Shocked by statistics, area teens start program to confront HIV, AIDS
Amy Biolchini | AnnArbor.com
The teens recently started a new forum called Prevent and Prevail to initiate open conversations about sex, HIV and AIDS.
Frustrated with the constrained atmosphere in school health classes, the teens said they decided it was time to take action. They piloted the forum this month with a small group of people at the Jim Toy Community Center at 319 Braun Court, in Ann Arbor.
The teens are all a part of Dedicated to Make a Change, a nonprofit youth organization in Ypsilanti that promotes social responsibility, justice and diversity through action. Among them are Nils Wilcoxen, 16; Allison Melcher, 16; and Cleo Ku, 15 — all students at the Early College Alliance at Eastern Michigan University.
“It’s to open the discussion,” Cleo said. “Most people are programmed to not talk about these things.”
When it comes to the sexual education portion of health class in school, the teens said the presentation is closed-minded and morally biased to only include heterosexual examples.
Instead of being talked at, Prevent and Prevail is a chance for youth to ask questions in a confidential, safe environment where they’re not made fun of or judged.
“It’s OK to talk about sex in a mature way,” Allison said.
The teens sit in a circle, eat cookies and start the conversation off with questions and a list of terms to spark the conversation.
“If people feel like it’s OK to talk, they’ll be more likely to get tested,” Cleo said.
There are discussion moderators and facilitators who keep the conversation on topic and to insert relevant facts to the discussion, including Ariana Riegle, 22; Jen Pan, 21; and Barb Gamble, 50, all of Ann Arbor.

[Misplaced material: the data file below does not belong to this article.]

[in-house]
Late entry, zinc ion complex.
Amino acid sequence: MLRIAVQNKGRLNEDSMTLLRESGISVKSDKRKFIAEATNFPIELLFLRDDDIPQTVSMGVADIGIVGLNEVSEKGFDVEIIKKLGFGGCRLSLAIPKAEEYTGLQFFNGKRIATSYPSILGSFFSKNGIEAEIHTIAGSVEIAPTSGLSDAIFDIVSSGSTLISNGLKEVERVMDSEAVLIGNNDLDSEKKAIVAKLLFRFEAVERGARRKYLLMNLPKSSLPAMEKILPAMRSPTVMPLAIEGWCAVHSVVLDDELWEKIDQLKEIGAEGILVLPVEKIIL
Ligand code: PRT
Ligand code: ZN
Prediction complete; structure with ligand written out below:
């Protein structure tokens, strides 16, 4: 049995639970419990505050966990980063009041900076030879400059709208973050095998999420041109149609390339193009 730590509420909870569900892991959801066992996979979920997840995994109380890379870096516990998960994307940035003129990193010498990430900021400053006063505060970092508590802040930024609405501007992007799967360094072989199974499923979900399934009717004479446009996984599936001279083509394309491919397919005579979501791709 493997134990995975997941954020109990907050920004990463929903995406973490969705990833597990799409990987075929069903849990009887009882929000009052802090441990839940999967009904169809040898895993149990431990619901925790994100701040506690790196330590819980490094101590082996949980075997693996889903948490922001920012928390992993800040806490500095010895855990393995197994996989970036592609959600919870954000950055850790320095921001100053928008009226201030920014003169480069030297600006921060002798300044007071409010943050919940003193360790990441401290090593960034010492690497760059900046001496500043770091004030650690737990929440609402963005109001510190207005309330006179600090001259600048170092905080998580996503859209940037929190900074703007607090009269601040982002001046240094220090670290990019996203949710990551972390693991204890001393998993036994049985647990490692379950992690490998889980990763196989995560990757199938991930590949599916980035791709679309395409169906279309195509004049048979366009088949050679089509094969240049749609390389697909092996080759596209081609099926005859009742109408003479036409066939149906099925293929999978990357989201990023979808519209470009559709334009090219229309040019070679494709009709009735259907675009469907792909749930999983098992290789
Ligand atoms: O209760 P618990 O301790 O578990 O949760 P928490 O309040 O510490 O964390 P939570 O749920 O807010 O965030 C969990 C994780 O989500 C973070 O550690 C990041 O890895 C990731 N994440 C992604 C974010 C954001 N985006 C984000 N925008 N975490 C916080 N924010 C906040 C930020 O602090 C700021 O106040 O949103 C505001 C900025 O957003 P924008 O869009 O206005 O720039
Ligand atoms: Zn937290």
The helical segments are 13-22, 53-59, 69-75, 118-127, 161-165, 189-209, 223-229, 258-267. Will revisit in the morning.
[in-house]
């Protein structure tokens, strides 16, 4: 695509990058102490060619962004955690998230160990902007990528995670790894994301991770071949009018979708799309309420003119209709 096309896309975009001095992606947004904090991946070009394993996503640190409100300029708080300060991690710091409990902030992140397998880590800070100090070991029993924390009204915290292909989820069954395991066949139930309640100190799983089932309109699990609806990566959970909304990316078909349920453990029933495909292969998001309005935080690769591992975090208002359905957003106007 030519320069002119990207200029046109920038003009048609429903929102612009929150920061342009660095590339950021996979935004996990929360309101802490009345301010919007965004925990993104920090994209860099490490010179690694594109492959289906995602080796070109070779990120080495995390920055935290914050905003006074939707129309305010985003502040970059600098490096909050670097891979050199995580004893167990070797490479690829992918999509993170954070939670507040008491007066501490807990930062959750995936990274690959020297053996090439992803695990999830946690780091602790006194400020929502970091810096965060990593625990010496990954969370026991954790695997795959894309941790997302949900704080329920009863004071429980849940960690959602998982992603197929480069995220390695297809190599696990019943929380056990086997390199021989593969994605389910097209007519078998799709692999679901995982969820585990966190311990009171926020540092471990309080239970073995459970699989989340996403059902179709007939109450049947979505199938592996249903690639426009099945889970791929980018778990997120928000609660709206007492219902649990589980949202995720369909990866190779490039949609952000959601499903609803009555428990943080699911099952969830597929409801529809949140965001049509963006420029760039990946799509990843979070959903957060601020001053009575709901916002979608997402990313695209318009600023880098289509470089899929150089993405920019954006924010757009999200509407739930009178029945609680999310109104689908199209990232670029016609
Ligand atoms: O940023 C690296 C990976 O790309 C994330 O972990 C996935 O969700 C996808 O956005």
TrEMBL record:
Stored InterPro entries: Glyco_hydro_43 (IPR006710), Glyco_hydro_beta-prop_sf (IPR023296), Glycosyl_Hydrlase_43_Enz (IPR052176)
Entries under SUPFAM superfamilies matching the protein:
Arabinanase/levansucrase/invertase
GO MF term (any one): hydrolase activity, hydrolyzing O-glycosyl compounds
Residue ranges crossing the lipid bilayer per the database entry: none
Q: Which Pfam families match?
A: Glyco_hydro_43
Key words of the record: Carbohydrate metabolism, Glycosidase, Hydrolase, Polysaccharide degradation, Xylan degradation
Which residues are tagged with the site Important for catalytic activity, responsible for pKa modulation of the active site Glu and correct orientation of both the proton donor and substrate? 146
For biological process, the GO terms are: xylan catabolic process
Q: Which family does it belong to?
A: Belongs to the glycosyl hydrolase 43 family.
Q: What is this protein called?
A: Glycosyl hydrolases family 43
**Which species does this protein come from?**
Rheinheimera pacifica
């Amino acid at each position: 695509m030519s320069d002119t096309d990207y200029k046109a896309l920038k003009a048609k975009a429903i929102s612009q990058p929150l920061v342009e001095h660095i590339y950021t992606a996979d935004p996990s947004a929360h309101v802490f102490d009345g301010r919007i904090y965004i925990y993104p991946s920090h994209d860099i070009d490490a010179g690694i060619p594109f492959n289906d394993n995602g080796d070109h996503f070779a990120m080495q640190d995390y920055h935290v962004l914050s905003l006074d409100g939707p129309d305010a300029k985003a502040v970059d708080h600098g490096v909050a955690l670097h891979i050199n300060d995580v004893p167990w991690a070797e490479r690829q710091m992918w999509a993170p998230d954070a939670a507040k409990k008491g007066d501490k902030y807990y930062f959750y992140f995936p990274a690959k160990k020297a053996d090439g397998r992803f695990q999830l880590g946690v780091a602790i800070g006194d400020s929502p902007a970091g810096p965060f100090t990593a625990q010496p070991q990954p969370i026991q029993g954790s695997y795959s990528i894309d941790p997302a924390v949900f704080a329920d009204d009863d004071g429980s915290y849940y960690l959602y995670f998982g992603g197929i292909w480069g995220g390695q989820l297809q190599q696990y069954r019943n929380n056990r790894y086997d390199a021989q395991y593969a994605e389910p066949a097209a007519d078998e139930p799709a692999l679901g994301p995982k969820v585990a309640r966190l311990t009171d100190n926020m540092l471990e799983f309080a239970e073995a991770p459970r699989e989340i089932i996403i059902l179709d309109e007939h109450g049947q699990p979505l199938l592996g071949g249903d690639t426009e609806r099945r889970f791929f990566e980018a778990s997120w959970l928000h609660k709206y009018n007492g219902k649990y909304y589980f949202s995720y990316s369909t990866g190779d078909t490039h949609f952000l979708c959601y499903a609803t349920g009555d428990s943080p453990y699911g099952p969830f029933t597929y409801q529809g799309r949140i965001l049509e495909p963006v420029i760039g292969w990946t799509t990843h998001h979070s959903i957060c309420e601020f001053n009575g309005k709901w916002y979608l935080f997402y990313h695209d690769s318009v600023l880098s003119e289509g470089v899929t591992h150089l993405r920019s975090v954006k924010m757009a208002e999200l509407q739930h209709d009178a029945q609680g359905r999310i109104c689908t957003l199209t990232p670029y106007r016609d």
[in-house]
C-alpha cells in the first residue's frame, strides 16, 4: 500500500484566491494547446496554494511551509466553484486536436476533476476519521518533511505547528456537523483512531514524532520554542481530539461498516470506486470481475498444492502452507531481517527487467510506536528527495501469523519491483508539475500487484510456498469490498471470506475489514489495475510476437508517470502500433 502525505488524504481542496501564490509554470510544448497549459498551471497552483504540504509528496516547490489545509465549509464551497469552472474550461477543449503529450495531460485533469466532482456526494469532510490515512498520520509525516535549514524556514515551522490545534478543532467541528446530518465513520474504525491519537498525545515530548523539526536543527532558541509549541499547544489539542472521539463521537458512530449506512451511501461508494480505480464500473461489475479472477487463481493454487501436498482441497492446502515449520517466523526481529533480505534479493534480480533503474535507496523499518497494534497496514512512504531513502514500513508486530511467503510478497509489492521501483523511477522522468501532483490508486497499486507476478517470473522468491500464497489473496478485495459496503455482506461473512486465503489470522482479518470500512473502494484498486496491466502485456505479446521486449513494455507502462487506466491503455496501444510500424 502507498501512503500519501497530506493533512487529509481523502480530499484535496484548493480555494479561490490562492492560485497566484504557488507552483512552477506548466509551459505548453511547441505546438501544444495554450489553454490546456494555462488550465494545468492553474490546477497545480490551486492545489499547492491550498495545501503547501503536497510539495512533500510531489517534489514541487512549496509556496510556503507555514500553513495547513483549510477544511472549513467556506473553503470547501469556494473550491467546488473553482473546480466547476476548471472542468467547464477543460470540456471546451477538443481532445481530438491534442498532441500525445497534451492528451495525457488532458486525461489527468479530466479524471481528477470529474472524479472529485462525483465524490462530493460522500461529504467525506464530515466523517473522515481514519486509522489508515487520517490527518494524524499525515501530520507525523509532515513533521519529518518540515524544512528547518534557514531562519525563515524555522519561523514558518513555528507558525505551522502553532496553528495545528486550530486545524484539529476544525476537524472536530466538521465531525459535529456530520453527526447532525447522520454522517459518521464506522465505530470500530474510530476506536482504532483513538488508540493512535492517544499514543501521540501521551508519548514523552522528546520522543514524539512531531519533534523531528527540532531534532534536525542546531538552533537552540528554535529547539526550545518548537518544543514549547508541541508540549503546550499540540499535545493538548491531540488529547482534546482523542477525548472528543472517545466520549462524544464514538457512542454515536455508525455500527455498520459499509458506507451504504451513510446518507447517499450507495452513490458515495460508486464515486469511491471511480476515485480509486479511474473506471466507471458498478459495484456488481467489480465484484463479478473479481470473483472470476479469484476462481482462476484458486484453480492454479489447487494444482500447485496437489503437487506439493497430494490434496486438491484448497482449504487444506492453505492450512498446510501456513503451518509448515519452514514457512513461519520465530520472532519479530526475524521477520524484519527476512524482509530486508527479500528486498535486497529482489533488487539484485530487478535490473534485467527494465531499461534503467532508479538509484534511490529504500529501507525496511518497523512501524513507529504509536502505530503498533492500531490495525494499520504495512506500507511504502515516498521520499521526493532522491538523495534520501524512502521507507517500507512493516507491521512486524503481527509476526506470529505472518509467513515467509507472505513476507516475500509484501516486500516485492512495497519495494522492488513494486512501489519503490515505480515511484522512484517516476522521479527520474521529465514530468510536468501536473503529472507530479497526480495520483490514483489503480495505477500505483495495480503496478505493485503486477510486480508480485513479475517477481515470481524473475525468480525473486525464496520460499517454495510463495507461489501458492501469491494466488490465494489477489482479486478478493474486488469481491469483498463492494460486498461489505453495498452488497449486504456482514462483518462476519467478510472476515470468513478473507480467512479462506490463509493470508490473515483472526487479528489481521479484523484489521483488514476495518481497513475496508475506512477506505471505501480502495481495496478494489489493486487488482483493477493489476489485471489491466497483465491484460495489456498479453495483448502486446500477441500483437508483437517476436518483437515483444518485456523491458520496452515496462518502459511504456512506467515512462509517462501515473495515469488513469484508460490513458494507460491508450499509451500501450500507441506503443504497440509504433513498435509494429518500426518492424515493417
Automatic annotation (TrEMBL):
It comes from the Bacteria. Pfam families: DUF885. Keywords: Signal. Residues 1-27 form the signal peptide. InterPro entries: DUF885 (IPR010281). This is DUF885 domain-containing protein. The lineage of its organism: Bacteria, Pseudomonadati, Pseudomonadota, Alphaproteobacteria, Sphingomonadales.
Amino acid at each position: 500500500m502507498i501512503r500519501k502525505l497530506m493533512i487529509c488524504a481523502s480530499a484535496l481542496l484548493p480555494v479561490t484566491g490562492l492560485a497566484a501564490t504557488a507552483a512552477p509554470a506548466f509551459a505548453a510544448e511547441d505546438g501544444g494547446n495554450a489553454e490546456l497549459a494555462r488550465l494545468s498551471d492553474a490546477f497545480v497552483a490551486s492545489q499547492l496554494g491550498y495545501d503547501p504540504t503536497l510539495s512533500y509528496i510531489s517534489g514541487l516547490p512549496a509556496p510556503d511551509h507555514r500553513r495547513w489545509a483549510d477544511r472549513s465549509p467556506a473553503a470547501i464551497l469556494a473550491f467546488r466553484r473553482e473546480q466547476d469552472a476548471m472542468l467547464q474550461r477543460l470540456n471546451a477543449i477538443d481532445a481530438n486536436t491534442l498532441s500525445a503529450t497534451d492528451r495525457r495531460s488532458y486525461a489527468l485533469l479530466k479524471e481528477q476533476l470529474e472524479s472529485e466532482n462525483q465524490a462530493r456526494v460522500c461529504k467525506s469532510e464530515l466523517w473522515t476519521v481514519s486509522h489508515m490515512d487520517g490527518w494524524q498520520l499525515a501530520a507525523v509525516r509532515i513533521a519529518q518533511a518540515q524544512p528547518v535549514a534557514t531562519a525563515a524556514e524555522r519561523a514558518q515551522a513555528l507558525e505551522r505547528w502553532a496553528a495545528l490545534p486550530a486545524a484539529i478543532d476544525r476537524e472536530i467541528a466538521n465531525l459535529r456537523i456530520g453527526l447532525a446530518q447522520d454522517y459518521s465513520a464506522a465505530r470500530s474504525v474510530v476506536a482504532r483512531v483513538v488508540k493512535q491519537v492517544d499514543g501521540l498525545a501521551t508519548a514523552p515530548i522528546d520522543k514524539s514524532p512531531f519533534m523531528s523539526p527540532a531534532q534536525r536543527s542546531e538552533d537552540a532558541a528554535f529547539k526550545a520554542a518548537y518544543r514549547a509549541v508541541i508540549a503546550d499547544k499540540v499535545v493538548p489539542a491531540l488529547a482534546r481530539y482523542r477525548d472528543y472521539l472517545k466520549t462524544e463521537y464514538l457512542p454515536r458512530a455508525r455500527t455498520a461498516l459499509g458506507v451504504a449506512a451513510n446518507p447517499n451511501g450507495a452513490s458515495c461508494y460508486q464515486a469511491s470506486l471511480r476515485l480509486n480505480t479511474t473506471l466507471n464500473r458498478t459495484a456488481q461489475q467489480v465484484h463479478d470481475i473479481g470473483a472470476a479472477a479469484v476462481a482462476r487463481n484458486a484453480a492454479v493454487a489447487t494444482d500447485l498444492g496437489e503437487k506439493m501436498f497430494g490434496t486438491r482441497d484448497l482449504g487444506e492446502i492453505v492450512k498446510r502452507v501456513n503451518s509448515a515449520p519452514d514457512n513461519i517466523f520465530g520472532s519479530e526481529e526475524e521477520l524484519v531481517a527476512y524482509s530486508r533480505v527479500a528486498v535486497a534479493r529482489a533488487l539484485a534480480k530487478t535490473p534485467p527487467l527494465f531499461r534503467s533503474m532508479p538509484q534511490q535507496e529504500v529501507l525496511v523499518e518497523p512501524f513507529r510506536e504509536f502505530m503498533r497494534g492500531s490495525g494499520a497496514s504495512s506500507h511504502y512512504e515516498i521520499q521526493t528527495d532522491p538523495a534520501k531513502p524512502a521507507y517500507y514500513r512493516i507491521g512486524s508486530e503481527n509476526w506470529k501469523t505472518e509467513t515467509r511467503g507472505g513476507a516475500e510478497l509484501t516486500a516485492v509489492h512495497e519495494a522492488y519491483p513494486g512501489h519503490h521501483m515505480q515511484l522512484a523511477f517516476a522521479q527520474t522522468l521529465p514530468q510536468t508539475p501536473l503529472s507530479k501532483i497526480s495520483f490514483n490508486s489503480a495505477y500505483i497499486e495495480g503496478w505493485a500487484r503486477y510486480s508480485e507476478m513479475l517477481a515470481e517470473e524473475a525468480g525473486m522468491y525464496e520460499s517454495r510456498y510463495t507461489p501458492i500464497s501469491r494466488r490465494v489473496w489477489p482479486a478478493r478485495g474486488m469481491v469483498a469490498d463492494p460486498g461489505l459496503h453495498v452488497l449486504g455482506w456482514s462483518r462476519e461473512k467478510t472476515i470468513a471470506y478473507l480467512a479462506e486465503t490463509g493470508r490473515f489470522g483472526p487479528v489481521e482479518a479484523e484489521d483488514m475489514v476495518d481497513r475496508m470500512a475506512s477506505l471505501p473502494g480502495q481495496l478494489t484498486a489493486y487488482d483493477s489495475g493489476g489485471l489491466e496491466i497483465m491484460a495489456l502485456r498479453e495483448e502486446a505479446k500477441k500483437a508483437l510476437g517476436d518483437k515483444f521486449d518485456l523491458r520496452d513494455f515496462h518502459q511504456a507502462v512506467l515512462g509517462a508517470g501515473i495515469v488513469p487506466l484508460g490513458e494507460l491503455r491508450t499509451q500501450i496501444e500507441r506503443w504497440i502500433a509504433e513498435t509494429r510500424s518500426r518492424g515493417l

One of them is Chloe Gurin-Sands, 23, the communications engagement coordinator for the Spectrum Center at the University of Michigan. She emphasized that because it was teens that set up the program, it’s the most relevant way to reach their peers.
“The fact that it’s planned by youth almost ensures that this is stuff that they really want to know about,” Gurin-Sands said.
Allison and Cleo said for teens that don’t have a support network at home where they can talk about sex, Prevent and Prevail is a good way to have their questions answered.
The pilot program was two weeks long and had two sessions on each topic: Relationships and intimacy; sex and pregnancy; HIV and AIDS; homosexuality; transsexuality; religion, bullying; drugs; rape; date rape; abuse; STIs and STDs; gender ethics and laws regarding sex.
Though there are no formal plans for when the Prevent and Prevail program will have its next session, the youth organizers are certain it’s something that needs to happen again.
Gail Wolkoff, executive director for Dedicated to Make a Change who has helped to facilitate the Prevent and Prevail sessions, said the program could soon be coming to several area community centers to engage more teens in the discussion.